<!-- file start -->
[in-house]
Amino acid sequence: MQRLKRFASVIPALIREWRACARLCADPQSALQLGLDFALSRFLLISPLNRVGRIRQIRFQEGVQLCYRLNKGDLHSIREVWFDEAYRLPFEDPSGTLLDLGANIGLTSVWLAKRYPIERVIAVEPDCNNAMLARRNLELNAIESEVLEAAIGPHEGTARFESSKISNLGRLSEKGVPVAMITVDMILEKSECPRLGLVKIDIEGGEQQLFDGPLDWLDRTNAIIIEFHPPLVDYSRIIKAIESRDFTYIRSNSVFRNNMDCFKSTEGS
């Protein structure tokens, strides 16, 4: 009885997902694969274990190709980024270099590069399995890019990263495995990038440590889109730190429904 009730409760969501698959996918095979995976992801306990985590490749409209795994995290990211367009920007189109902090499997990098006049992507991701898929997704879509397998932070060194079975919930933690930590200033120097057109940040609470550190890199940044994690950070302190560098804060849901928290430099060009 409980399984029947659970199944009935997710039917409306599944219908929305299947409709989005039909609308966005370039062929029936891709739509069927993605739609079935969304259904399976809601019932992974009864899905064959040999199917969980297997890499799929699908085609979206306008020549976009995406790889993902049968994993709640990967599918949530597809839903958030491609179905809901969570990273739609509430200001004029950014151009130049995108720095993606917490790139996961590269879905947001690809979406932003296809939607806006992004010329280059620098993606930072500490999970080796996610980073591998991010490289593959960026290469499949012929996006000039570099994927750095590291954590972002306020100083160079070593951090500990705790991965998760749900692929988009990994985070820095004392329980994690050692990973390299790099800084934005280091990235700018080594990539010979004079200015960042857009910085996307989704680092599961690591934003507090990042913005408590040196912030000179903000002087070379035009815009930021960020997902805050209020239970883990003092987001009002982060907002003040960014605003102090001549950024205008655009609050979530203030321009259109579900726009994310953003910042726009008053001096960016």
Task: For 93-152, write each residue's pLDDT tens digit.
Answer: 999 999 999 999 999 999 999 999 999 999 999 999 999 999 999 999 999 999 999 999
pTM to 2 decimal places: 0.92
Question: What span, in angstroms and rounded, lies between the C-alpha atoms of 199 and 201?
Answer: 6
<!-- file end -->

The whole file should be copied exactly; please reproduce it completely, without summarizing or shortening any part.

[in-house]
Amino acid sequence: MQRLKRFASVIPALIREWRACARLCADPQSALQLGLDFALSRFLLISPLNRVGRIRQIRFQEGVQLCYRLNKGDLHSIREVWFDEAYRLPFEDPSGTLLDLGANIGLTSVWLAKRYPIERVIAVEPDCNNAMLARRNLELNAIESEVLEAAIGPHEGTARFESSKISNLGRLSEKGVPVAMITVDMILEKSECPRLGLVKIDIEGGEQQLFDGPLDWLDRTNAIIIEFHPPLVDYSRIIKAIESRDFTYIRSNSVFRNNMDCFKSTEGS
């Protein structure tokens, strides 16, 4: 009885997902694969274990190709980024270099590069399995890019990263495995990038440590889109730190429904 009730409760969501698959996918095979995976992801306990985590490749409209795994995290990211367009920007189109902090499997990098006049992507991701898929997704879509397998932070060194079975919930933690930590200033120097057109940040609470550190890199940044994690950070302190560098804060849901928290430099060009 409980399984029947659970199944009935997710039917409306599944219908929305299947409709989005039909609308966005370039062929029936891709739509069927993605739609079935969304259904399976809601019932992974009864899905064959040999199917969980297997890499799929699908085609979206306008020549976009995406790889993902049968994993709640990967599918949530597809839903958030491609179905809901969570990273739609509430200001004029950014151009130049995108720095993606917490790139996961590269879905947001690809979406932003296809939607806006992004010329280059620098993606930072500490999970080796996610980073591998991010490289593959960026290469499949012929996006000039570099994927750095590291954590972002306020100083160079070593951090500990705790991965998760749900692929988009990994985070820095004392329980994690050692990973390299790099800084934005280091990235700018080594990539010979004079200015960042857009910085996307989704680092599961690591934003507090990042913005408590040196912030000179903000002087070379035009815009930021960020997902805050209020239970883990003092987001009002982060907002003040960014605003102090001549950024205008655009609050979530203030321009259109579900726009994310953003910042726009008053001096960016």
Task: For 93-152, write each residue's pLDDT tens digit.
Answer: 999 999 999 999 999 999 999 999 999 999 999 999 999 999 999 999 999 999 999 999
pTM to 2 decimal places: 0.92
Question: What span, in angstroms and rounded, lies between the C-alpha atoms of 199 and 201?
Answer: 6